Not only was this sovereignity transfered to a new umbrella Nation, but also this new Nation was of the making and design, not of the Africans themselves, but of the colonizing force. One could thus say that Nigeria is a software or a robot through which an originally foreign volition, detached from its issuer and now mangled up with local intent, continues to feed its Frankenstein, mix up the African mind and strongly influence our affairs, positively and negatively. This has been the trigger of many key reactionary events in Nigerian history, all of which bear the stamp of an attempt at “Re-Africanisation” and – more importantly “Re-Sovereignization” of our space. It was what led later to the famous (or infamous, depending on who you ask) Indigenization Decree of 1972. It was what led earlier to the push for Independence. And it was what provided the Canon fodder for the Biafran Conflict, where a reactionary African attempt to craft their own smaller-sized umbrella Nation made up of indigenous neighbourly African peoples was met with Military resistance by the Northern-led, British-powered Nigerian government. Nigeria, like ‘Skynet’, had become self-aware – within the same space in which the individual indigenous actual ancient African nations and Peoples also exist and also remain self-aware. Two uneasy souls in one restless restive Body.

Against these kinds of backdrop, the Federal Character principle was devised, as a compromise, a soft landing pad to further inclusion, moderation and the gradual social engineering of this new country Nigeria towards becoming an actual African new Nation of a united people of shared loyalty, trust and harmonized aspirations. Whatever intuitions of injustice were awakened by the Quota System were supposed to be mitigated by the appealing to a noble sense of sacrifice needed for the attainment of an internally balanced nation whose inner parts are helped to gear into a foundational equal-paced development.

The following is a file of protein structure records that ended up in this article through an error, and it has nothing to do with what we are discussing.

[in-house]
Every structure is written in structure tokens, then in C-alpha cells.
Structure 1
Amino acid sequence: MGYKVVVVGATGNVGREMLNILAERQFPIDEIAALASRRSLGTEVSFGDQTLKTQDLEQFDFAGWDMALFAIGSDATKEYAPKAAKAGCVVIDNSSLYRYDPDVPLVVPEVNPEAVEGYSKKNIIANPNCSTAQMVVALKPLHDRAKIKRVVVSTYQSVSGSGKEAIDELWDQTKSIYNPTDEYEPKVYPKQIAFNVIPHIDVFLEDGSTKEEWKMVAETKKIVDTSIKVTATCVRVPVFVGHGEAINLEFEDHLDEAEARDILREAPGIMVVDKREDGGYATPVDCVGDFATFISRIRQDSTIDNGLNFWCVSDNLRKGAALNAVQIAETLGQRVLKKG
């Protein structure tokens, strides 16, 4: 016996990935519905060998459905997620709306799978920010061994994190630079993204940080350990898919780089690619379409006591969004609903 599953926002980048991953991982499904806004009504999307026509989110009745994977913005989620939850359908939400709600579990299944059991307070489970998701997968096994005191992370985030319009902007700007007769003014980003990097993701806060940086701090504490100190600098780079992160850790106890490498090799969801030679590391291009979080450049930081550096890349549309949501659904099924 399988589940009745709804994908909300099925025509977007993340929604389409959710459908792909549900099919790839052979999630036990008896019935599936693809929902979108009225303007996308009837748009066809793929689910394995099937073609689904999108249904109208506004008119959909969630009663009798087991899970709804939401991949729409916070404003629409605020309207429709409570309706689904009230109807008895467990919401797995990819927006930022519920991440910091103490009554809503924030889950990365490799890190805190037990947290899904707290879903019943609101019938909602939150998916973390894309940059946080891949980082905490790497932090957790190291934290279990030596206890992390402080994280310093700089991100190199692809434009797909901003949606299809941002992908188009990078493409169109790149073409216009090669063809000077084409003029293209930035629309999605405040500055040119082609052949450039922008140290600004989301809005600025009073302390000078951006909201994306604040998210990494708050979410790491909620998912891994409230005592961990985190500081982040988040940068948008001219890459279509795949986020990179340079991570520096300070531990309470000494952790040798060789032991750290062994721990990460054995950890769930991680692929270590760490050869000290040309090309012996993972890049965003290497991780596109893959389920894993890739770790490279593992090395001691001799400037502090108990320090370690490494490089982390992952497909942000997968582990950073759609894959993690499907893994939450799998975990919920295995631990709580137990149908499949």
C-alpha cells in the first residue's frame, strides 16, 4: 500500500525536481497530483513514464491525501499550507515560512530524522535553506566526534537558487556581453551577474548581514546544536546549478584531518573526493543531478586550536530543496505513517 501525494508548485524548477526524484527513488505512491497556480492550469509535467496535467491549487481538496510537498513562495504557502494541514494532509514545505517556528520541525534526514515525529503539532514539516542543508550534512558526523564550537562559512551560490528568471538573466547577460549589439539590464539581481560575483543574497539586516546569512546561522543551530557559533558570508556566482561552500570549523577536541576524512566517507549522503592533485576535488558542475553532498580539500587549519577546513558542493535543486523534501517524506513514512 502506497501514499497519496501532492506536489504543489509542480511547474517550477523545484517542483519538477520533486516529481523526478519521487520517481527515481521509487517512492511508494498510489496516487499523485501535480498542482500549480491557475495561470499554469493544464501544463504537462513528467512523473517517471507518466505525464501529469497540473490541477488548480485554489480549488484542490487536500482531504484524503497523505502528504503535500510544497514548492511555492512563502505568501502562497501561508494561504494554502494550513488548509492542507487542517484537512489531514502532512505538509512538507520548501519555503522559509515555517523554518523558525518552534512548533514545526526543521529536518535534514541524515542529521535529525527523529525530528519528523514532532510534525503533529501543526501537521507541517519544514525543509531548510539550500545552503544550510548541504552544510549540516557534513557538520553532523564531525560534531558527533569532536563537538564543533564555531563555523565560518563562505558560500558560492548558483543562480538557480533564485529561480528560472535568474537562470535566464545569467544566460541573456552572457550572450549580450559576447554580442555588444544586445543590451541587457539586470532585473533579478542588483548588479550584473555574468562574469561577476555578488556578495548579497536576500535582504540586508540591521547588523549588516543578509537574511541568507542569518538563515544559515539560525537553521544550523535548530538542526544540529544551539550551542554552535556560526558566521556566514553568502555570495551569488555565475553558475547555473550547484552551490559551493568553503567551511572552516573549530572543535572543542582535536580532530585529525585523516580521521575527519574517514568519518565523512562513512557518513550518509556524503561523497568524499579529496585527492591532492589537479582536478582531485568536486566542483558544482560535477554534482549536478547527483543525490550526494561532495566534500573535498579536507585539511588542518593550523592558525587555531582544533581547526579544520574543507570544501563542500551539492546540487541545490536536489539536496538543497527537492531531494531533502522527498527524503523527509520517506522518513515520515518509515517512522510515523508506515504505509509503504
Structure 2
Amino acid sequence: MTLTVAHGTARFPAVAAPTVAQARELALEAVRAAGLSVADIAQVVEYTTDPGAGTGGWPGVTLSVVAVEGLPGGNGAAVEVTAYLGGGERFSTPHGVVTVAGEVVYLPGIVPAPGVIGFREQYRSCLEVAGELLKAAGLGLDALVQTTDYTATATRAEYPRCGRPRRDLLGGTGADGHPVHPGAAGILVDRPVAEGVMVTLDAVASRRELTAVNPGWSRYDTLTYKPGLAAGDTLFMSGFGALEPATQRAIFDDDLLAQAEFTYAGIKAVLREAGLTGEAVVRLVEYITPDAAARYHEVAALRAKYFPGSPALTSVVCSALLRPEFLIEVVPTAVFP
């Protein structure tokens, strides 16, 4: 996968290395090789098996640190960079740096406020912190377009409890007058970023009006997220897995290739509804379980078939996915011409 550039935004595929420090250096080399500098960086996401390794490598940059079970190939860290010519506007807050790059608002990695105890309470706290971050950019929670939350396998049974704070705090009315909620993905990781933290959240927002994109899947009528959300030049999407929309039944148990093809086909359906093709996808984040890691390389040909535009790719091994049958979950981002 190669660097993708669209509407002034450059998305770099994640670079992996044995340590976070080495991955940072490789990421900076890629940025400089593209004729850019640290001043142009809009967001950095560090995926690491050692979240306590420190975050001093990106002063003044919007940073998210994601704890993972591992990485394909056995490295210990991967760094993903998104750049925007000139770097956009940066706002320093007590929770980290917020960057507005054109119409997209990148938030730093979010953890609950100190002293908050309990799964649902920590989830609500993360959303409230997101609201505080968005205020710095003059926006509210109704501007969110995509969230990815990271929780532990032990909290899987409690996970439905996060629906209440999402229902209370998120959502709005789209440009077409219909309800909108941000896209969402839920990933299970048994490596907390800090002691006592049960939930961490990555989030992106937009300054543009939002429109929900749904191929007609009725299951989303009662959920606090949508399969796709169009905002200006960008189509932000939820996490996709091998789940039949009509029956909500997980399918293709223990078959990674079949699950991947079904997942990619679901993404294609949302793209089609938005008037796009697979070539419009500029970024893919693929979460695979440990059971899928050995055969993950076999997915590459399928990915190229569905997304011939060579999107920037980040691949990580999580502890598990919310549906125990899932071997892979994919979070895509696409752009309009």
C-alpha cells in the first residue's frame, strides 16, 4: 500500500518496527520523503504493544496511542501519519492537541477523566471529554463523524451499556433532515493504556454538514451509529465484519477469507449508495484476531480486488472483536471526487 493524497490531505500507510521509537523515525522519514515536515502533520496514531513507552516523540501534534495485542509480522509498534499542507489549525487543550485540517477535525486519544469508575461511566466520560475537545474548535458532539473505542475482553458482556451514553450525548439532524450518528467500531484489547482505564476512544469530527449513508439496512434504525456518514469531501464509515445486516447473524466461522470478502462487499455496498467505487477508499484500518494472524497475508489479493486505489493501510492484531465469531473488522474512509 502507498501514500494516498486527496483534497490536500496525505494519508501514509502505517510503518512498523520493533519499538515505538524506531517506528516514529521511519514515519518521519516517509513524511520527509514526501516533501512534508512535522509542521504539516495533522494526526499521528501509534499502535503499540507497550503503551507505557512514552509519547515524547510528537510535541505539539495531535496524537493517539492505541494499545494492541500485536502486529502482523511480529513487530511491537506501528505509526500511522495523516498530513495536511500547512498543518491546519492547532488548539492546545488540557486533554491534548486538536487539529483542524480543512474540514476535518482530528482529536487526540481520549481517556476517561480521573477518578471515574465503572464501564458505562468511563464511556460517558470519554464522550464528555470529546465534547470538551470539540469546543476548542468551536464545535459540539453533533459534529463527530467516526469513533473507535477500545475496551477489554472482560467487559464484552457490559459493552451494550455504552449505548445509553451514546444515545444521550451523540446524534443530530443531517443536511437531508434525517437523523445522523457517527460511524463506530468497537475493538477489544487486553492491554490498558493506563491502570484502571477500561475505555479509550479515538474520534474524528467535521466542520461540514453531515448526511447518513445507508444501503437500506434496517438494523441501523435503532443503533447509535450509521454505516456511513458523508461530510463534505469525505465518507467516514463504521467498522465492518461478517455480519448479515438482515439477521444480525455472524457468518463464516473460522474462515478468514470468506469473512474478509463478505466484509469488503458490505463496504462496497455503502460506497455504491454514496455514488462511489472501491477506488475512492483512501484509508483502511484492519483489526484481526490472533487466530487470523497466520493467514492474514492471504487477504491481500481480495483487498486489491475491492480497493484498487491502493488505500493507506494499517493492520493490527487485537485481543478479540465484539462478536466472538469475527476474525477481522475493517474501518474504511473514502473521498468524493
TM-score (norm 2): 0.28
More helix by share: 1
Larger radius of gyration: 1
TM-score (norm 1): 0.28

Within this context then, the championers of Meritocracy have allowed themselves to be slightly pacified even while they continue to argue its case. They see in meritocracy, if and when attained and popularly accepted and expected, the final proof and guarantee of matured nationhood and progress. Thus they continue to push for the establishment of the institutions and systemic dynamics that will one day power, oversee and protect Meritocracy as an operating principle in our national socio-polity.

However, between these two terminals of Quota and Meritocracy, a danger lurked. A weakness lay in the system, always exploitable by the Executive arm of government, and just waiting for an unscrupulous mind who would be the first to dann the consequences and do it. And then came ex-General Muhammadu Buhari…

2. BUHARI, PANAFRICANISM, AND A BROKEN TRUST

In the many decades of Nigeria’s independent existence, through all her ups and downs, crises and vicissitudes, the Federal Character principle has been one stabilizer that every leader and every government in power – civilian or military – has always tried to (be seen to) tactfully and sensitively take into consideration while trying to steer the unwieldy and complex ship of state of this most populous and most diverse Black nation on earth. – Until now.